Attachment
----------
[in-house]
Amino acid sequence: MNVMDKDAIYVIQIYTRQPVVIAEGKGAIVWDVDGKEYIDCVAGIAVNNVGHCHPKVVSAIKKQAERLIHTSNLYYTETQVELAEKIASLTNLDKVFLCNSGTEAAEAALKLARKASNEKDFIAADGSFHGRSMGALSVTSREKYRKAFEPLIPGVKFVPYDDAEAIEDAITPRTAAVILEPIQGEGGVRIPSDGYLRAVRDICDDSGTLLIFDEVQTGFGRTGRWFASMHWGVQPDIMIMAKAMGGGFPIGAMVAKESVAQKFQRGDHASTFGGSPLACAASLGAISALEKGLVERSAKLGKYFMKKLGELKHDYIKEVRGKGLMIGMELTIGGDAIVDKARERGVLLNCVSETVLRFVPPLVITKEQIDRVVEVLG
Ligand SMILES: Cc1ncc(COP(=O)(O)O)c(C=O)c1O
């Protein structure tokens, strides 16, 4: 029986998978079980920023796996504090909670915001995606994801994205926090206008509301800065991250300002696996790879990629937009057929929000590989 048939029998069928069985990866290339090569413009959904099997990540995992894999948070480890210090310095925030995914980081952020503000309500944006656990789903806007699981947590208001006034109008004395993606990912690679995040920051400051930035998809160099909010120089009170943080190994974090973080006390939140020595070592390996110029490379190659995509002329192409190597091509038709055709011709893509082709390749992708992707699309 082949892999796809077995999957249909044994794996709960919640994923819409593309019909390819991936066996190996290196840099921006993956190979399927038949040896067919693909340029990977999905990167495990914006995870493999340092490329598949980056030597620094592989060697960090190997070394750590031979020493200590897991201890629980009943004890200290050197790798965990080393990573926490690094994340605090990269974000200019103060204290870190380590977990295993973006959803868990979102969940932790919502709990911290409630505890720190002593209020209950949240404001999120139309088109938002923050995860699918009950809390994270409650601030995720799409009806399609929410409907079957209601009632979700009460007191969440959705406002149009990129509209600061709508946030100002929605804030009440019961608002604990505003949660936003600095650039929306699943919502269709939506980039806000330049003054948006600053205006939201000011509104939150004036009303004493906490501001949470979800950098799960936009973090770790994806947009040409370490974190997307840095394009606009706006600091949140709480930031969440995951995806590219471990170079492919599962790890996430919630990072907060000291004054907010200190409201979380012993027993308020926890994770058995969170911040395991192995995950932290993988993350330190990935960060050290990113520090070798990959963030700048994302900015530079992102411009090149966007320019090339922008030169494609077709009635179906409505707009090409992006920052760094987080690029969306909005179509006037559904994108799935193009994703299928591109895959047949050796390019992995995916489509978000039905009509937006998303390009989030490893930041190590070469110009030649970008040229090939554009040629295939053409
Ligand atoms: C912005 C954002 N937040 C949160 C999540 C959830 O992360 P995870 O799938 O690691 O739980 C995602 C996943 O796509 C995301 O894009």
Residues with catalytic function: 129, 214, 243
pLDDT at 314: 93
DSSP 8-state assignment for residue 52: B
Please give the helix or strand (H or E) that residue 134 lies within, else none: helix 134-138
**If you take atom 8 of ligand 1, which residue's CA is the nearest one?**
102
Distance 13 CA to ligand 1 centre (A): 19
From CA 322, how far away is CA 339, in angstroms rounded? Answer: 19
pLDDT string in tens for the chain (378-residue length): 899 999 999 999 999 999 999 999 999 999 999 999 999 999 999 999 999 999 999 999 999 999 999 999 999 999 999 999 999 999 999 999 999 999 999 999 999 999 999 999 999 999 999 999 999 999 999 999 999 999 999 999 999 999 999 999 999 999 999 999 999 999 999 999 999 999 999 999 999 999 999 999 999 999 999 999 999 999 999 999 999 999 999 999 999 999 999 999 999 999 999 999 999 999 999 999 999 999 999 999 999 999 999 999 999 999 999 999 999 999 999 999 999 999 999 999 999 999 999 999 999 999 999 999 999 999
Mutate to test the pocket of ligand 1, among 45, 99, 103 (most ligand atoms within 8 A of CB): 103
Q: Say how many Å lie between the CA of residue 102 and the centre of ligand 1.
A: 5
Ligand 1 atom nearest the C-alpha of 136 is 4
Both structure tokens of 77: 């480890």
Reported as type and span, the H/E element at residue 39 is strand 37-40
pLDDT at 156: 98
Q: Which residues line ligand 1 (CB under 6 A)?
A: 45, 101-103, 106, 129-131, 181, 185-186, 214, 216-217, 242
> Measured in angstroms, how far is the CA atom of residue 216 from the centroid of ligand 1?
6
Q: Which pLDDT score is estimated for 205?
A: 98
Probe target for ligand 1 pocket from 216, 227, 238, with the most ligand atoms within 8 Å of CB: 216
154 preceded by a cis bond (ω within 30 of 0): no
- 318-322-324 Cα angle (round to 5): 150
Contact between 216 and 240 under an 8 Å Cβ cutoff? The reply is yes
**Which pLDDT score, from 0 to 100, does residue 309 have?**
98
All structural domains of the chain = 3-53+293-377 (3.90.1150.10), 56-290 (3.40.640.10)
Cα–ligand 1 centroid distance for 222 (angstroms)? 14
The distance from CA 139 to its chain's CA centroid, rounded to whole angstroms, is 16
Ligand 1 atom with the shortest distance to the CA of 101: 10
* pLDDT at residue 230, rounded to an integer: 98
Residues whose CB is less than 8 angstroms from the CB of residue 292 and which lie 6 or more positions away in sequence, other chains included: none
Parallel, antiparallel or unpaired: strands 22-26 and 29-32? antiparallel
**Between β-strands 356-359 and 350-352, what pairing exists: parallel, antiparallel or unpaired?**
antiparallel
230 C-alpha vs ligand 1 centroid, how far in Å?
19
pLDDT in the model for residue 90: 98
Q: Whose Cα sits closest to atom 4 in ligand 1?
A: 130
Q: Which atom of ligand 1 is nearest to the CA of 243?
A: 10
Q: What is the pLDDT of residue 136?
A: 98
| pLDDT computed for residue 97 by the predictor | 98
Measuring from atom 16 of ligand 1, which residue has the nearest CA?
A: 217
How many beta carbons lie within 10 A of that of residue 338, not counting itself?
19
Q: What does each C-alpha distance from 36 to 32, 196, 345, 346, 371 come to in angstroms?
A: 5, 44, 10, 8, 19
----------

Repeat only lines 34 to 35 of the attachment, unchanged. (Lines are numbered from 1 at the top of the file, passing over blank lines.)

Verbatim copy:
All structural domains of the chain = 3-53+293-377 (3.90.1150.10), 56-290 (3.40.640.10)
Cα–ligand 1 centroid distance for 222 (angstroms)? 14